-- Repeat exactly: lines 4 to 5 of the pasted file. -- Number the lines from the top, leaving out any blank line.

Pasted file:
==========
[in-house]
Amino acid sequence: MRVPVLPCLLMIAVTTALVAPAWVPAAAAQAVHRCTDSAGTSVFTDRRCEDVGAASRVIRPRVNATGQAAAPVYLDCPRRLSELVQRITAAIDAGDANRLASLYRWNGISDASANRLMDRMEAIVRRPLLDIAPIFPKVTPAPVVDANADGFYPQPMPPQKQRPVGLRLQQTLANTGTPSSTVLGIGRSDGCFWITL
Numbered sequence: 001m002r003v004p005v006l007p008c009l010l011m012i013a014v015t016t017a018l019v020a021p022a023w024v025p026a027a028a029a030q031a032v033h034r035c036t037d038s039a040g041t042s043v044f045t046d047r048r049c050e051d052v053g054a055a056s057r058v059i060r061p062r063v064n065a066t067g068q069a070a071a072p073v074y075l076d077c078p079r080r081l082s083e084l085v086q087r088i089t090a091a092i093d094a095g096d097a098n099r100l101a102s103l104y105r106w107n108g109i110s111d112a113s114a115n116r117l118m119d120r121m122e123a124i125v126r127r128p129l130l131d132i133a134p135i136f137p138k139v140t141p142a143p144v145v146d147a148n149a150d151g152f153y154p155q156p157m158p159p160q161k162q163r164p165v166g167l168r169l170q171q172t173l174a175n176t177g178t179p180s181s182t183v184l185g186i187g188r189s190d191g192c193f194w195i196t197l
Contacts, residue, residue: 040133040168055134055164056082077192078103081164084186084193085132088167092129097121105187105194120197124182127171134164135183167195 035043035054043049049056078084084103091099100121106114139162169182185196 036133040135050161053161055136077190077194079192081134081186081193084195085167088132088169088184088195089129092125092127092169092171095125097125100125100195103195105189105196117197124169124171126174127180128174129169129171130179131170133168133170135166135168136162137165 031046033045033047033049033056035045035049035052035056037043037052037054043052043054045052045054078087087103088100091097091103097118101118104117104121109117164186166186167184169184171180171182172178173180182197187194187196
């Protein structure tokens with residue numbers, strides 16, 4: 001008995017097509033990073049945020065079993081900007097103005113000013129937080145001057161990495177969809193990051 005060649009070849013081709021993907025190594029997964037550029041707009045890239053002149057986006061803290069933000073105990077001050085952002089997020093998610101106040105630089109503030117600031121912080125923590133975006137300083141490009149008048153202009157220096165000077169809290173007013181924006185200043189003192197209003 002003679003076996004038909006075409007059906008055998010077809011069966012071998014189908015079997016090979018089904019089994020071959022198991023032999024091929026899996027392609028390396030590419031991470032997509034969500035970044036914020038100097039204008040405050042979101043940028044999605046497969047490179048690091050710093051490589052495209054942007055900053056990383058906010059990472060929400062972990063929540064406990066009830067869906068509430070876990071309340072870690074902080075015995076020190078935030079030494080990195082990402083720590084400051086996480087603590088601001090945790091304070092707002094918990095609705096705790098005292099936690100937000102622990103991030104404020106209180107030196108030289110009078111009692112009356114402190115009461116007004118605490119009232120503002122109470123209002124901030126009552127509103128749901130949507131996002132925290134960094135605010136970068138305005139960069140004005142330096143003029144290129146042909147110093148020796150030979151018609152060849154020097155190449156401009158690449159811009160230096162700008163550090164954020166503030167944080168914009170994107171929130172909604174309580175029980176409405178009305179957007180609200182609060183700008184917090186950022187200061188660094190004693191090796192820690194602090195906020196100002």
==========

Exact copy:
Contacts, residue, residue: 040133040168055134055164056082077192078103081164084186084193085132088167092129097121105187105194120197124182127171134164135183167195 035043035054043049049056078084084103091099100121106114139162169182185196 036133040135050161053161055136077190077194079192081134081186081193084195085167088132088169088184088195089129092125092127092169092171095125097125100125100195103195105189105196117197124169124171126174127180128174129169129171130179131170133168133170135166135168136162137165 031046033045033047033049033056035045035049035052035056037043037052037054043052043054045052045054078087087103088100091097091103097118101118104117104121109117164186166186167184169184171180171182172178173180182197187194187196
């Protein structure tokens with residue numbers, strides 16, 4: 001008995017097509033990073049945020065079993081900007097103005113000013129937080145001057161990495177969809193990051 005060649009070849013081709021993907025190594029997964037550029041707009045890239053002149057986006061803290069933000073105990077001050085952002089997020093998610101106040105630089109503030117600031121912080125923590133975006137300083141490009149008048153202009157220096165000077169809290173007013181924006185200043189003192197209003 002003679003076996004038909006075409007059906008055998010077809011069966012071998014189908015079997016090979018089904019089994020071959022198991023032999024091929026899996027392609028390396030590419031991470032997509034969500035970044036914020038100097039204008040405050042979101043940028044999605046497969047490179048690091050710093051490589052495209054942007055900053056990383058906010059990472060929400062972990063929540064406990066009830067869906068509430070876990071309340072870690074902080075015995076020190078935030079030494080990195082990402083720590084400051086996480087603590088601001090945790091304070092707002094918990095609705096705790098005292099936690100937000102622990103991030104404020106209180107030196108030289110009078111009692112009356114402190115009461116007004118605490119009232120503002122109470123209002124901030126009552127509103128749901130949507131996002132925290134960094135605010136970068138305005139960069140004005142330096143003029144290129146042909147110093148020796150030979151018609152060849154020097155190449156401009158690449159811009160230096162700008163550090164954020166503030167944080168914009170994107171929130172909604174309580175029980176409405178009305179957007180609200182609060183700008184917090186950022187200061188660094190004693191090796192820690194602090195906020196100002």